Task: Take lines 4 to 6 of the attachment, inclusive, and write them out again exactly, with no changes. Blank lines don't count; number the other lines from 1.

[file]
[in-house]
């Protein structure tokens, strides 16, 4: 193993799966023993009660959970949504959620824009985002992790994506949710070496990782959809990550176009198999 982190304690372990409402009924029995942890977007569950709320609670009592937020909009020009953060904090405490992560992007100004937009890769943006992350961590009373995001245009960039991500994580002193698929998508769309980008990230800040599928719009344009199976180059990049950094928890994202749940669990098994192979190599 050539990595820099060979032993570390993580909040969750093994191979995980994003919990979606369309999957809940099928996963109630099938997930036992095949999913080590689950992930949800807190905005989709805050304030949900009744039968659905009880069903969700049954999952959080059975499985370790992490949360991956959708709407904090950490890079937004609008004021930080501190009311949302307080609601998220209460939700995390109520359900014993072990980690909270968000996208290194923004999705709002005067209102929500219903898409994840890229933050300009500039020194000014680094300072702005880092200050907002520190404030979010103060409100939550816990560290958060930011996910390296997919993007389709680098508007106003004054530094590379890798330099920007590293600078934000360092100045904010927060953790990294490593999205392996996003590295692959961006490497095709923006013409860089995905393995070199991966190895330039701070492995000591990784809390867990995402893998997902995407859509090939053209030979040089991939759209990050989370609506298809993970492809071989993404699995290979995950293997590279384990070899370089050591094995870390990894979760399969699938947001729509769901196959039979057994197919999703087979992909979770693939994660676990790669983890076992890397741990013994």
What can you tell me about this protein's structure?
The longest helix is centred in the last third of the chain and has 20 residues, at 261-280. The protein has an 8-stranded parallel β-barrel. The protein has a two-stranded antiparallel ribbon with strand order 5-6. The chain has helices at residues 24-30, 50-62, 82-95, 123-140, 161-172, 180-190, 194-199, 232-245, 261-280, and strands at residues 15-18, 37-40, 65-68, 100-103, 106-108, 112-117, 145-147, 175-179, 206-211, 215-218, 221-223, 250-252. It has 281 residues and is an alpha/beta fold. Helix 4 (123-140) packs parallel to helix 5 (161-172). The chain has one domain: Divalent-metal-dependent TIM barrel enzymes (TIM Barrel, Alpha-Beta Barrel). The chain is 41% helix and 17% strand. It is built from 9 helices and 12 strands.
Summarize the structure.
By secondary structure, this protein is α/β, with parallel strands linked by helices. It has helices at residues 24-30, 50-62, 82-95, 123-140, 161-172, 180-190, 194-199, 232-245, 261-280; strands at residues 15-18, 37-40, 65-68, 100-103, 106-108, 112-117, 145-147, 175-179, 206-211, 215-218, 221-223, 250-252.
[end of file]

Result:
The longest helix is centred in the last third of the chain and has 20 residues, at 261-280. The protein has an 8-stranded parallel β-barrel. The protein has a two-stranded antiparallel ribbon with strand order 5-6. The chain has helices at residues 24-30, 50-62, 82-95, 123-140, 161-172, 180-190, 194-199, 232-245, 261-280, and strands at residues 15-18, 37-40, 65-68, 100-103, 106-108, 112-117, 145-147, 175-179, 206-211, 215-218, 221-223, 250-252. It has 281 residues and is an alpha/beta fold. Helix 4 (123-140) packs parallel to helix 5 (161-172). The chain has one domain: Divalent-metal-dependent TIM barrel enzymes (TIM Barrel, Alpha-Beta Barrel). The chain is 41% helix and 17% strand. It is built from 9 helices and 12 strands.
Summarize the structure.
By secondary structure, this protein is α/β, with parallel strands linked by helices. It has helices at residues 24-30, 50-62, 82-95, 123-140, 161-172, 180-190, 194-199, 232-245, 261-280; strands at residues 15-18, 37-40, 65-68, 100-103, 106-108, 112-117, 145-147, 175-179, 206-211, 215-218, 221-223, 250-252.